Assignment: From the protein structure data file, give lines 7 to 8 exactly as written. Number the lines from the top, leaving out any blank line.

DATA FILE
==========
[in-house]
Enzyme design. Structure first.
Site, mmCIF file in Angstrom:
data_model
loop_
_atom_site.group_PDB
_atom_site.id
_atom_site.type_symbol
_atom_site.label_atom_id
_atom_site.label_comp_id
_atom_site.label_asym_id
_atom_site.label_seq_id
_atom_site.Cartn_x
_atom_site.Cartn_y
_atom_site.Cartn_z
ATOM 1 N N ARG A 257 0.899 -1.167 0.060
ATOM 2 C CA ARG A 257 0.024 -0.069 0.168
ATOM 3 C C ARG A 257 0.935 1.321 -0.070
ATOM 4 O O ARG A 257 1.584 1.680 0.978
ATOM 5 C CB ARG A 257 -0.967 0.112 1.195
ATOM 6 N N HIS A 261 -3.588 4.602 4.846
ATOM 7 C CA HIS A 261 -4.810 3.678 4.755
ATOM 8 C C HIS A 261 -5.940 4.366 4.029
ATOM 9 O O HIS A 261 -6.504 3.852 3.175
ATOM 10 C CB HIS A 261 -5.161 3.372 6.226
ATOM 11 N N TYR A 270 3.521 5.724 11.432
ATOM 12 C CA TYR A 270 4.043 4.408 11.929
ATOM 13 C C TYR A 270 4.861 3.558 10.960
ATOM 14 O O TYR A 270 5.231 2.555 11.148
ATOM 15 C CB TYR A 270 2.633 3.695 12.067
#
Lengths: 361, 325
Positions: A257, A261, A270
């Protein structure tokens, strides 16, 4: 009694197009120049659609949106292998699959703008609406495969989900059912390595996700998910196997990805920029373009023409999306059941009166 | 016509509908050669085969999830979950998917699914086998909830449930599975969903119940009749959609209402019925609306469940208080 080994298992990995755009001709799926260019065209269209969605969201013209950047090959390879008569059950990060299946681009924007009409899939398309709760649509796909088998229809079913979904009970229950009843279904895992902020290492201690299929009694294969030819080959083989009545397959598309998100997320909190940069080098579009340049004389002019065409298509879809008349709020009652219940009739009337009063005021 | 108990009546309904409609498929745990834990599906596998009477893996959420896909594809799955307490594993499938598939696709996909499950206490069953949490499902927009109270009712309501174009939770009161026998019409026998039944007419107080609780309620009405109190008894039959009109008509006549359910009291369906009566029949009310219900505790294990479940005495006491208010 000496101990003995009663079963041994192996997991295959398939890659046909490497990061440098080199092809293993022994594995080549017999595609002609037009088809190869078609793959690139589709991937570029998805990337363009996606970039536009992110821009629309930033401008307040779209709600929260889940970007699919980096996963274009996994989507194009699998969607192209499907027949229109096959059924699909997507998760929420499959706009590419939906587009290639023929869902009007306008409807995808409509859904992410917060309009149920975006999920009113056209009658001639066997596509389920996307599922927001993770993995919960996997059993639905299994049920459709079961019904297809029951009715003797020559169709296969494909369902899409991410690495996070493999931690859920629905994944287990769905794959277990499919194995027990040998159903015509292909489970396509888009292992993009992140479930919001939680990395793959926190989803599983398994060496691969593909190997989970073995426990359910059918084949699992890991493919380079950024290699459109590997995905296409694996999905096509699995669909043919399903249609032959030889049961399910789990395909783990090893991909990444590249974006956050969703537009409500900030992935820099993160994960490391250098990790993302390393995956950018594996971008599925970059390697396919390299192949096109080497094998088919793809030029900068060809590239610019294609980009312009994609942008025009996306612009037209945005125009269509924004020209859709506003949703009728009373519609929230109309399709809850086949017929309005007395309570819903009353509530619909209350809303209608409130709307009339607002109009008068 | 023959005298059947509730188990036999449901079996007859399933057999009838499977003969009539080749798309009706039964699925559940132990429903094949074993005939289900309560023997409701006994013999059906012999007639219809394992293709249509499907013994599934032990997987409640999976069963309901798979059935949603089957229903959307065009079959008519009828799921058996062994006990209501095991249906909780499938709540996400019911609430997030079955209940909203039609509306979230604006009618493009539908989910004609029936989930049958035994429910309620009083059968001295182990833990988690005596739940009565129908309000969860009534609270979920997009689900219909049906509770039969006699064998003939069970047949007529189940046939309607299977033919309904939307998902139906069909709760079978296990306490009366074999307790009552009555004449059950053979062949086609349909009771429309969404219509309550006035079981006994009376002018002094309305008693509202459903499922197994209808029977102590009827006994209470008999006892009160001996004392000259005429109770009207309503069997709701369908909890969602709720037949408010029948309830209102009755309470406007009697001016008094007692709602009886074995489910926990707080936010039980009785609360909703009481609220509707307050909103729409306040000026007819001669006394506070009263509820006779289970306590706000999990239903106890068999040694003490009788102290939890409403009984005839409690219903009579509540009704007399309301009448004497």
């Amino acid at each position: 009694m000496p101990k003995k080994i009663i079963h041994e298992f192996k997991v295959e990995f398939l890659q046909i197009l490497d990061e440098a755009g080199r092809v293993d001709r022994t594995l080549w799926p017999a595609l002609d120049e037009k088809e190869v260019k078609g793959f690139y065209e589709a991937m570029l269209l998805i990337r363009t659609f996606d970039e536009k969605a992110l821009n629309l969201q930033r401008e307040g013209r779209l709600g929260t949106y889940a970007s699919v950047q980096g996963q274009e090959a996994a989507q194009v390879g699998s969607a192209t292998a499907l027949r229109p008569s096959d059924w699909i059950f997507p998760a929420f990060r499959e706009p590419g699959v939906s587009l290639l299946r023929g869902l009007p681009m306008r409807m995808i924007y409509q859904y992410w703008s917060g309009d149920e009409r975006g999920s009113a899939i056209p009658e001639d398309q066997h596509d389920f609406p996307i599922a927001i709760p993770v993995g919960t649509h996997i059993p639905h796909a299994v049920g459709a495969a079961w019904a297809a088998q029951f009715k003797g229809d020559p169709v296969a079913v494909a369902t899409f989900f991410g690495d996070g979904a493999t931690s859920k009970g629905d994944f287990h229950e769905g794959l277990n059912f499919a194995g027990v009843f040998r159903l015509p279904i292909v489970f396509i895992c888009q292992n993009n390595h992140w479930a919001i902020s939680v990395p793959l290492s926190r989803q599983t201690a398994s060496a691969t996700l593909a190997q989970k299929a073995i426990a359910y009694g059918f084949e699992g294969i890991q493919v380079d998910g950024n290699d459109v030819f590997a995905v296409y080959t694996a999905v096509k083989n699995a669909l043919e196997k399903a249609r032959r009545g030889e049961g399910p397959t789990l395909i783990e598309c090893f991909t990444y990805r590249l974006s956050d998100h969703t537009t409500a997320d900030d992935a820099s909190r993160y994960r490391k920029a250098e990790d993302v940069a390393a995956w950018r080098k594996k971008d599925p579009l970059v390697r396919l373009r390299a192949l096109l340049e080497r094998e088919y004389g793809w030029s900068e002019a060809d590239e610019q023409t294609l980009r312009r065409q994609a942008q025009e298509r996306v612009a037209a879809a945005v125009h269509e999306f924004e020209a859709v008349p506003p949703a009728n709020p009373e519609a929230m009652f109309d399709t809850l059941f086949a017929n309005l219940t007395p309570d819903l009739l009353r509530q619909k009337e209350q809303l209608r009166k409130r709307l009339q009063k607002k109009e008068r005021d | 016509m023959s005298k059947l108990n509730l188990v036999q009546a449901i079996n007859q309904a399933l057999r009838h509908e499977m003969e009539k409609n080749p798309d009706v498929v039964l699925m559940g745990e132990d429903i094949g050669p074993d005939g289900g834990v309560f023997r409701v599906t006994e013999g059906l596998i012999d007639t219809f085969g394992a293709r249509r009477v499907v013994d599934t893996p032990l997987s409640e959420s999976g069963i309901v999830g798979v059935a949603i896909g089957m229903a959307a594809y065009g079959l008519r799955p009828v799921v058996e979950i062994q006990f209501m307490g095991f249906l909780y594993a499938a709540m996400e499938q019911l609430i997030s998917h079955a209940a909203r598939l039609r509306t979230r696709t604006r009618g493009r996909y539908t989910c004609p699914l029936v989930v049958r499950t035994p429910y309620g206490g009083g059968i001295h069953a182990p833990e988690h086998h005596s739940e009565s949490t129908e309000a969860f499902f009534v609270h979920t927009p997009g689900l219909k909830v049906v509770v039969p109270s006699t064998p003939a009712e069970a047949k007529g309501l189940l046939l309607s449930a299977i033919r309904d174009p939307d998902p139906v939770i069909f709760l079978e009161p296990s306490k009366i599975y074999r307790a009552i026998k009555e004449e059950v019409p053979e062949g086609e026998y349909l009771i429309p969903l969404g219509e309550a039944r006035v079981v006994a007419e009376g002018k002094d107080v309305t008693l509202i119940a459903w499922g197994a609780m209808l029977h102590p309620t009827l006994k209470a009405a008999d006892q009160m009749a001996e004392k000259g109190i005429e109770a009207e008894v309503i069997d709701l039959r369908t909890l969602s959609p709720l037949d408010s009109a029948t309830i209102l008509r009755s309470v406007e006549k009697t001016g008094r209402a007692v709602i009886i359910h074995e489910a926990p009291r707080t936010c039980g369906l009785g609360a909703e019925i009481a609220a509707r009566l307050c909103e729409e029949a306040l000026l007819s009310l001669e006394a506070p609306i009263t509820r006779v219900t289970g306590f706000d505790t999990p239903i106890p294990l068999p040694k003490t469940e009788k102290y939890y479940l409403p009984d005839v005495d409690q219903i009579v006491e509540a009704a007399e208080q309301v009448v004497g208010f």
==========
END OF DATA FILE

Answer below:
_atom_site.id
_atom_site.type_symbol